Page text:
New York City was cleared Friday to take the next step in its reopening next week, allowing movie and TV crews to film, zoos to welcome reduced crowds, professional sports teams to play to empty seats. Visitors are set to return to the island that houses the Statue of Liberty — but not the statue itself.
But malls, museums and restaurant dining rooms will stay shuttered in the nation's biggest city.
Gov. Andrew Cuomo announced that the city is set to begin a limited version of the fourth phase of the statewide reopening process starting Monday. But he warned that New York's progress is fragile as COVID-19 cases surge elsewhere in the country.
“I feel like we're standing on a beach and we're looking out at the sea and we see the second wave building in the distance, so I want all New Yorkers to be on high alert,” the Democratic governor told reporters during a telephone briefing.
New York City, which has seen the bulk of the state's confirmed coronavirus cases and deaths, began reopening June 8, after the rest of the state.
In the city’s scaled-down Phase 4, botanical gardens and zoos can reopen at 33% capacity, production of movies and TV shows can proceed and professional sports such as baseball can be played without fans in the stands, Mayor Bill de Blasio said.
Major League Baseball plans to start a shortened season this coming Thursday, with the defending World Series champion Washington Nationals hosting the New York Yankees, and the Los Angeles Dodgers welcoming the rival San Francisco Giants. The rest of the league joins the fray July 24.
Meanwhile, the National Park Service announced that the grounds of Liberty Island would reopen to visitors Monday after being closed since March 16. But there’s no reopening date yet for Lady Liberty herself, the statue museum or nearby Ellis Island.
The rest of the state is already in Phase 4, which typically permits opening malls and certain arts and entertainment
New York City also has been barred from opening up indoor dining, unlike the rest of the state.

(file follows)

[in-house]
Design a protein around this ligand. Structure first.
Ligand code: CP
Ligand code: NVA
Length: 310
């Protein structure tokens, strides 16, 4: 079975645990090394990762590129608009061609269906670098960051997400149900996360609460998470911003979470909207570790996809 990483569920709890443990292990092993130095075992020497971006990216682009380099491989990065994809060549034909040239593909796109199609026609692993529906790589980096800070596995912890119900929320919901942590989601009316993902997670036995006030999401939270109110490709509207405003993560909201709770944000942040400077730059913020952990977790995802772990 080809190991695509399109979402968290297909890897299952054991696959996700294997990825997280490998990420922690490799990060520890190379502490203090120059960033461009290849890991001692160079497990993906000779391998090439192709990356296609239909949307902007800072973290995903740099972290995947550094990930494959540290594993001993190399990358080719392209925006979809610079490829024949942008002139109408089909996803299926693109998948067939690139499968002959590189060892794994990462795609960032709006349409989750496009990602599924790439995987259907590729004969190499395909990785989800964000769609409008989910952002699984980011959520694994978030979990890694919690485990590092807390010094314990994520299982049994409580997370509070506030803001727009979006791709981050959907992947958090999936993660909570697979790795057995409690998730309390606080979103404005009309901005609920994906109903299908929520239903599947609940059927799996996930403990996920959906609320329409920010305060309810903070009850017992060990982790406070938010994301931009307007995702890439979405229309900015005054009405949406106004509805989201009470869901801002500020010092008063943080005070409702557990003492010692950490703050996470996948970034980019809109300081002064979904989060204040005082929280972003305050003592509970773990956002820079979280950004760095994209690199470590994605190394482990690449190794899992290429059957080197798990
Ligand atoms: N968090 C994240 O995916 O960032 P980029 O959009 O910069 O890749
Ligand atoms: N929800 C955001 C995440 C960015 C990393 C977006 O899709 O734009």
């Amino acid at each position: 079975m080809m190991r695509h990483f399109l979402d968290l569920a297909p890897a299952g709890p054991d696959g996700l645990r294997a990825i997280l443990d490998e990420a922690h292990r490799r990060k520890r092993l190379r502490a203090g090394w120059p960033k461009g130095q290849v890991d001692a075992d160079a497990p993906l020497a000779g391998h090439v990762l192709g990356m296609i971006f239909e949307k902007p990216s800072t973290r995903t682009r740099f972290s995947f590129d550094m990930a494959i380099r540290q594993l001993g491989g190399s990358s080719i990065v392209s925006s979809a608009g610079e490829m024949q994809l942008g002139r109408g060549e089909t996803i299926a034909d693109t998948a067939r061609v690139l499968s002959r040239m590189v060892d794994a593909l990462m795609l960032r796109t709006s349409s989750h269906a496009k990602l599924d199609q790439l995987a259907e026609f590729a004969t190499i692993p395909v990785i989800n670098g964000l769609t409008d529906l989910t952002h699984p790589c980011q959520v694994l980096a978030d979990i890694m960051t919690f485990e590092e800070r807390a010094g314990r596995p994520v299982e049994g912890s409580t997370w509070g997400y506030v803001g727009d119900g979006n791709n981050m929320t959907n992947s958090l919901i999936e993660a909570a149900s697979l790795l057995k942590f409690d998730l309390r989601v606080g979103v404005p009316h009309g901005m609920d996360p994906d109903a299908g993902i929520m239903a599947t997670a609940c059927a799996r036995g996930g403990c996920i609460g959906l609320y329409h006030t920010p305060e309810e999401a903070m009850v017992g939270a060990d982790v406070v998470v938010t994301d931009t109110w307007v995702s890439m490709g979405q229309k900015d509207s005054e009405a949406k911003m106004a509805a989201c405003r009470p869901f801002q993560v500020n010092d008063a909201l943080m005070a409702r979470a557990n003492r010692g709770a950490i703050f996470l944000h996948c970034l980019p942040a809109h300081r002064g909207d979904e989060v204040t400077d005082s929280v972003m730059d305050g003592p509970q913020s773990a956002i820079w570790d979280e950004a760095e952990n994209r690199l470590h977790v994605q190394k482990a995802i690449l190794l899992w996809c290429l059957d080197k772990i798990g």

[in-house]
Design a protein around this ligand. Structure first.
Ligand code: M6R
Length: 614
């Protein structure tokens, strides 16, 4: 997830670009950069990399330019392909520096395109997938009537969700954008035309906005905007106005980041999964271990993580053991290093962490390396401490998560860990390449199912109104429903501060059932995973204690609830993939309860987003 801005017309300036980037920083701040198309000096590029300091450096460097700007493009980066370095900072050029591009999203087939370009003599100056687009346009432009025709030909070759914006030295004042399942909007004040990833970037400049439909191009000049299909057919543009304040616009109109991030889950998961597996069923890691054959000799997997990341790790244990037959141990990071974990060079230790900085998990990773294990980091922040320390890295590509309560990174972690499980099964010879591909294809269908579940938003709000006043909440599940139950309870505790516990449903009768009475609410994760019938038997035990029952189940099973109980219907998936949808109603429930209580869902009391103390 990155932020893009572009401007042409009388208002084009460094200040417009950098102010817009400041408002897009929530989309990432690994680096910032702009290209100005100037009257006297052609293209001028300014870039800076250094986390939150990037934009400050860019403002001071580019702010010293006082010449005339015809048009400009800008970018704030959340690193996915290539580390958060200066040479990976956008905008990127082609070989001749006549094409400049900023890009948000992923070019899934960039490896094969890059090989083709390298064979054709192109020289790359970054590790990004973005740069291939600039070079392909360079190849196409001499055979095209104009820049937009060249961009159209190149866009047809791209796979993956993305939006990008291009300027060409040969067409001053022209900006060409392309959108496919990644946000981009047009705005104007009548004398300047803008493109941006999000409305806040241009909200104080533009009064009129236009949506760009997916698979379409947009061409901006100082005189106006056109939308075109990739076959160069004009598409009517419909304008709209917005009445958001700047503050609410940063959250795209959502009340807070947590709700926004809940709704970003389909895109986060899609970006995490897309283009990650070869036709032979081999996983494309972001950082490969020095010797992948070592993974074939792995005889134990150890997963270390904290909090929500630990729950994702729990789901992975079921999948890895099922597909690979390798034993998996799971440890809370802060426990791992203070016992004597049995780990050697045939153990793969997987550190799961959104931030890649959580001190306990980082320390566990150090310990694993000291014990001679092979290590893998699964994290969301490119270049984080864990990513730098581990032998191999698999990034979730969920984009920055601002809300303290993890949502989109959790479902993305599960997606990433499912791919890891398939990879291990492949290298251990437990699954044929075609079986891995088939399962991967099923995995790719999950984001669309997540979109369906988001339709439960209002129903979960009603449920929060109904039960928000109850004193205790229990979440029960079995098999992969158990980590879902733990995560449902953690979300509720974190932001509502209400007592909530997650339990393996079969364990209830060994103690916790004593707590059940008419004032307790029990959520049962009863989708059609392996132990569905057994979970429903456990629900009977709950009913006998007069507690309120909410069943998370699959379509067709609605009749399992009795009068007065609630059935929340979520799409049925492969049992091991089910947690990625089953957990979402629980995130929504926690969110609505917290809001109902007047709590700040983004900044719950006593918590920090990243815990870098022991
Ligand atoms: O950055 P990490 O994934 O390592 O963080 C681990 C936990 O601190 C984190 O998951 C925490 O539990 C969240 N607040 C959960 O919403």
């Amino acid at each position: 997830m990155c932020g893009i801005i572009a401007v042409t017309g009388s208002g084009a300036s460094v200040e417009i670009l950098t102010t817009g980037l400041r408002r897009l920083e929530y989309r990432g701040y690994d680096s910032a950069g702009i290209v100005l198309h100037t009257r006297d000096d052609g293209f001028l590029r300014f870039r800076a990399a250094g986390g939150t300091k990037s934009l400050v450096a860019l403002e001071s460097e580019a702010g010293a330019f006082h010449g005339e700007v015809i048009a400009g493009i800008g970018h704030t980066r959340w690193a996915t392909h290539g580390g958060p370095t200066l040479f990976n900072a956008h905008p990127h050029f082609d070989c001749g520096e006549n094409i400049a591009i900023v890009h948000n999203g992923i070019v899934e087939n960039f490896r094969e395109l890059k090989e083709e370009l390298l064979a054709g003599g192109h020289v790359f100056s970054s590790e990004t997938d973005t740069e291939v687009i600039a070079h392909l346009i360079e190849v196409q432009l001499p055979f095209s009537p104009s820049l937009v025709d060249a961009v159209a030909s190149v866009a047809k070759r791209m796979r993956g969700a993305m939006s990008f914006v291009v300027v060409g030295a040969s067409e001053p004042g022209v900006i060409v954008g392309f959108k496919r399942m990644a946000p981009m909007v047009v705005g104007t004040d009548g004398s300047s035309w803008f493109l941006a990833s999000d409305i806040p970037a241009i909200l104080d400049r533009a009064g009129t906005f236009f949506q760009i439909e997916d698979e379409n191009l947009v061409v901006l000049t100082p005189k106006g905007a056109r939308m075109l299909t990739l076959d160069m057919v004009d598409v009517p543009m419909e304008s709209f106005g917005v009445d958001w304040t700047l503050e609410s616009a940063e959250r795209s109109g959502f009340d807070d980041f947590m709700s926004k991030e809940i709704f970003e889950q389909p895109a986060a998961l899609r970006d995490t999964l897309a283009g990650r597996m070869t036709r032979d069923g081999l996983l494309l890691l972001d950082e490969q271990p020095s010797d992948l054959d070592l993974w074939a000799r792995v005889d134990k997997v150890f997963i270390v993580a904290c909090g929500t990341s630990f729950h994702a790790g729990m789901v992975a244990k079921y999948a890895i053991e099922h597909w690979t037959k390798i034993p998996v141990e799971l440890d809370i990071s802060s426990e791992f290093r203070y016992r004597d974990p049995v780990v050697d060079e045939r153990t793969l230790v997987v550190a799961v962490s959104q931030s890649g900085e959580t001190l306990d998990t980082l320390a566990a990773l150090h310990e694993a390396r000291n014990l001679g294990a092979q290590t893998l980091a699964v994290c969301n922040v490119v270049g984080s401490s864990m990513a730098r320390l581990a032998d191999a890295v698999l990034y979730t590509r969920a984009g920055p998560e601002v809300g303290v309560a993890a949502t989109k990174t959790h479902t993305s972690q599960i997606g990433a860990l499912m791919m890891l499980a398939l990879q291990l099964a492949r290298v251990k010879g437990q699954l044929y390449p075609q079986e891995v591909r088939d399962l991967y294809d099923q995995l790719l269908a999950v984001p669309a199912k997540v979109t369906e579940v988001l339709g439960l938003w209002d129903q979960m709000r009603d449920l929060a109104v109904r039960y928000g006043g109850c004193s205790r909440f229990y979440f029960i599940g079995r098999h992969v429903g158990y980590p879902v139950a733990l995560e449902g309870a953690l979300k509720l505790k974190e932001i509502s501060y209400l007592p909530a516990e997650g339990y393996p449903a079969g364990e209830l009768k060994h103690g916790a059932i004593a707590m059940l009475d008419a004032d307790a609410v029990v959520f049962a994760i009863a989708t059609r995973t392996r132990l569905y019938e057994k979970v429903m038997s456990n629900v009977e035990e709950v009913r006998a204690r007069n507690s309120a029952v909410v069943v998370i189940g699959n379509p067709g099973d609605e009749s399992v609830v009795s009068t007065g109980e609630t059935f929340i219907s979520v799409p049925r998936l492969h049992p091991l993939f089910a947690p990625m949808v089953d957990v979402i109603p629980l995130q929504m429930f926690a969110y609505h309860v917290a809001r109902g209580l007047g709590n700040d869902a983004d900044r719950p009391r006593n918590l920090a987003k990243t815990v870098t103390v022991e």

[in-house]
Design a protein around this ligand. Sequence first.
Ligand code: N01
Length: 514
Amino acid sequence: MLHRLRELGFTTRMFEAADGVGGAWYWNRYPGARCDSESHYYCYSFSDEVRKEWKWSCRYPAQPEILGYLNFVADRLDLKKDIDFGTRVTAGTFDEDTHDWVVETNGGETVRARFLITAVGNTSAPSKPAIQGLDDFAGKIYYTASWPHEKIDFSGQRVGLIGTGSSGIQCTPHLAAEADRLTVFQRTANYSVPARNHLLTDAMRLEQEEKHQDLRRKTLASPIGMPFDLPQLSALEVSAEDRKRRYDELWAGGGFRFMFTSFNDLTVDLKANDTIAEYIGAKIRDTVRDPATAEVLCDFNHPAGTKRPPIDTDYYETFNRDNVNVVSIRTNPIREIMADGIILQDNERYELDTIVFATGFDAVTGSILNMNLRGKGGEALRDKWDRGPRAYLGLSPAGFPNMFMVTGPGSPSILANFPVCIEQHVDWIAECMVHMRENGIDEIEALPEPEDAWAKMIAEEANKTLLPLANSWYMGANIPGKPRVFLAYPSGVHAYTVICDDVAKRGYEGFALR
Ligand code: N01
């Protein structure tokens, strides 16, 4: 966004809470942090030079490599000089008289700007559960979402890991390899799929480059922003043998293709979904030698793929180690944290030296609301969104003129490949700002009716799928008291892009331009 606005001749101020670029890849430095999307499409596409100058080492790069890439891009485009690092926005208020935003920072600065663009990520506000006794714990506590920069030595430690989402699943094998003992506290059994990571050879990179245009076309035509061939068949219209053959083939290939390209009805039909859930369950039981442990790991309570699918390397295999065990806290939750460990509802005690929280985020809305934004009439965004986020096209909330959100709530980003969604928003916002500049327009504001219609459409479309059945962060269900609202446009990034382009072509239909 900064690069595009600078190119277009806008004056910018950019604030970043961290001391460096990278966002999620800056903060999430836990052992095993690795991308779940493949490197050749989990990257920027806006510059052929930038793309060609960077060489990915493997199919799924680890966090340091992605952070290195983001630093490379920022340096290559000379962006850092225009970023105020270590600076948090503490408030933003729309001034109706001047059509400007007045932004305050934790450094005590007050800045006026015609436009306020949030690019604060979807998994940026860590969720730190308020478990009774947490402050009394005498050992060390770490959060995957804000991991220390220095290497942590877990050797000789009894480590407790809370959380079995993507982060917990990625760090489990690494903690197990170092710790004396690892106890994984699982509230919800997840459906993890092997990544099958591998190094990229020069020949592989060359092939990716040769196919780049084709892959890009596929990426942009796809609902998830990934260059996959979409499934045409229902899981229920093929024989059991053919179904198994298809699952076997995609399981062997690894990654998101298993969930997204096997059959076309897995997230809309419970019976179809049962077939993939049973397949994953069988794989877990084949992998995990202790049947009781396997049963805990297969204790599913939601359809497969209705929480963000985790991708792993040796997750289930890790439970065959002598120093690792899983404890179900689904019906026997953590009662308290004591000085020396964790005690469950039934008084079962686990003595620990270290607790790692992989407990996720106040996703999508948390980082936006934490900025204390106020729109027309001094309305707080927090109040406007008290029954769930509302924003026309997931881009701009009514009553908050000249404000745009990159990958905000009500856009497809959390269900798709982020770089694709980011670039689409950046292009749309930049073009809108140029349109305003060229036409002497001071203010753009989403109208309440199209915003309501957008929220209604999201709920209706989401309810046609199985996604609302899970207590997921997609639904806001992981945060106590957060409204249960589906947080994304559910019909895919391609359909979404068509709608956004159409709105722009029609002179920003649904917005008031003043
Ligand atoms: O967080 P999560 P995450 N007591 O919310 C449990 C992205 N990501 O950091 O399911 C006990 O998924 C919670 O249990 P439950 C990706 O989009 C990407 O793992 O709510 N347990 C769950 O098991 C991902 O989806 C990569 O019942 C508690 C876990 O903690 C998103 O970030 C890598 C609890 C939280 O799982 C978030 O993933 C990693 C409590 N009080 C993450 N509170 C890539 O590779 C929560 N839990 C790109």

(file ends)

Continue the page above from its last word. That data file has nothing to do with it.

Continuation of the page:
Even so, “Phase 4 — what a striking reality, after everything we went through,” the Democratic mayor said Friday at an online briefing where he announced that the city would extend through October new provisions that have allowed restaurants to set up more outdoor tables than usual.
Meanwhile, Cuomo announced a crackdown Thursday on bars and restaurants across the state, saying too many have been flouting mask-wearing and social distancing rules, especially downstate.
Taverns and eateries can no longer allow walk-up bar service or serve alcohol to people who aren’t buying food, and any establishment cited three times with breaking the rules will be closed.
“We allowed outdoor dining. We never allowed outdoor drinking” and partying crowds, Cuomo emphasized Friday. De Blasio, on the other hand, maintained the city hadn't seen any “really profound problem with compliance."
The crackdown is worrying city restaurateurs, who have embraced outdoor dining as a lifeline after months of being limited to takeout and delivery.
“Businesses need to be responsible for the activity on their property, but staff certainly can’t be deputized to police the streets,” said Andrew Rigie, the executive director of the NYC Hospitality Alliance, a restaurant and nightlife association.
Daily statewide statistics released Friday show New York with 776 newly confirmed cases, representing 1% of all tests. The number of people hospitalized with COVID-19 on Thursday dropped to 765 and 10 people died, according to state figures. More than 25,000 people have died statewide since the outbreak began.
Michael Hill reported from Albany.
Michael Hill, Karen Matthews And Jennifer Peltz, The Associated Press